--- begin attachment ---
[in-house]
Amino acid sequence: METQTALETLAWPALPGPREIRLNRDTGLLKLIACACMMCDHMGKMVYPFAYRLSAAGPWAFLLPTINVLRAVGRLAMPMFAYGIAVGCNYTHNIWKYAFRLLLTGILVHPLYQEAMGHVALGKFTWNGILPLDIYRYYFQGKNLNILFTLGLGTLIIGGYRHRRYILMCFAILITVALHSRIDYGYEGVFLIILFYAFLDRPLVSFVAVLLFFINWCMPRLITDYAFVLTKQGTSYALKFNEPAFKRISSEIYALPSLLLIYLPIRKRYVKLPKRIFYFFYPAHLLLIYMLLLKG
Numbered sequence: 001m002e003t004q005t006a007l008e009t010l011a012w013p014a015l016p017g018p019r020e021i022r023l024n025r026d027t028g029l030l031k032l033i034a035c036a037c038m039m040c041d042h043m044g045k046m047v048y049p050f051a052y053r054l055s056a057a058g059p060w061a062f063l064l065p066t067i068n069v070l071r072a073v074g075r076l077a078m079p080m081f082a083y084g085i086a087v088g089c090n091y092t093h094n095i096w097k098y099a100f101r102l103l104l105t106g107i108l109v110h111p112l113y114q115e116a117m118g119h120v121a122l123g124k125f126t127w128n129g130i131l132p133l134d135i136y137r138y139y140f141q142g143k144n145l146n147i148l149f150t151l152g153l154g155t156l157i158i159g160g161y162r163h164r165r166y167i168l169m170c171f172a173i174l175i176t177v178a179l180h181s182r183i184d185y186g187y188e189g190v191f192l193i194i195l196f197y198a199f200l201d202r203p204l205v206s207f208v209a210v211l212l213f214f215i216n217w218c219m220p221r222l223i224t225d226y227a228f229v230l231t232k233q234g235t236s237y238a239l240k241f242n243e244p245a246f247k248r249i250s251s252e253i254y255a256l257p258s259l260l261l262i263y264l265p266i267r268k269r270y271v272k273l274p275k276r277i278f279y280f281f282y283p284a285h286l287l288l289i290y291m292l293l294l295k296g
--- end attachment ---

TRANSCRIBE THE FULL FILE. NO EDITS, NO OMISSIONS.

[in-house]
Amino acid sequence: METQTALETLAWPALPGPREIRLNRDTGLLKLIACACMMCDHMGKMVYPFAYRLSAAGPWAFLLPTINVLRAVGRLAMPMFAYGIAVGCNYTHNIWKYAFRLLLTGILVHPLYQEAMGHVALGKFTWNGILPLDIYRYYFQGKNLNILFTLGLGTLIIGGYRHRRYILMCFAILITVALHSRIDYGYEGVFLIILFYAFLDRPLVSFVAVLLFFINWCMPRLITDYAFVLTKQGTSYALKFNEPAFKRISSEIYALPSLLLIYLPIRKRYVKLPKRIFYFFYPAHLLLIYMLLLKG
Numbered sequence: 001m002e003t004q005t006a007l008e009t010l011a012w013p014a015l016p017g018p019r020e021i022r023l024n025r026d027t028g029l030l031k032l033i034a035c036a037c038m039m040c041d042h043m044g045k046m047v048y049p050f051a052y053r054l055s056a057a058g059p060w061a062f063l064l065p066t067i068n069v070l071r072a073v074g075r076l077a078m079p080m081f082a083y084g085i086a087v088g089c090n091y092t093h094n095i096w097k098y099a100f101r102l103l104l105t106g107i108l109v110h111p112l113y114q115e116a117m118g119h120v121a122l123g124k125f126t127w128n129g130i131l132p133l134d135i136y137r138y139y140f141q142g143k144n145l146n147i148l149f150t151l152g153l154g155t156l157i158i159g160g161y162r163h164r165r166y167i168l169m170c171f172a173i174l175i176t177v178a179l180h181s182r183i184d185y186g187y188e189g190v191f192l193i194i195l196f197y198a199f200l201d202r203p204l205v206s207f208v209a210v211l212l213f214f215i216n217w218c219m220p221r222l223i224t225d226y227a228f229v230l231t232k233q234g235t236s237y238a239l240k241f242n243e244p245a246f247k248r249i250s251s252e253i254y255a256l257p258s259l260l261l262i263y264l265p266i267r268k269r270y271v272k273l274p275k276r277i278f279y280f281f282y283p284a285h286l287l288l289i290y291m292l293l294l295k296g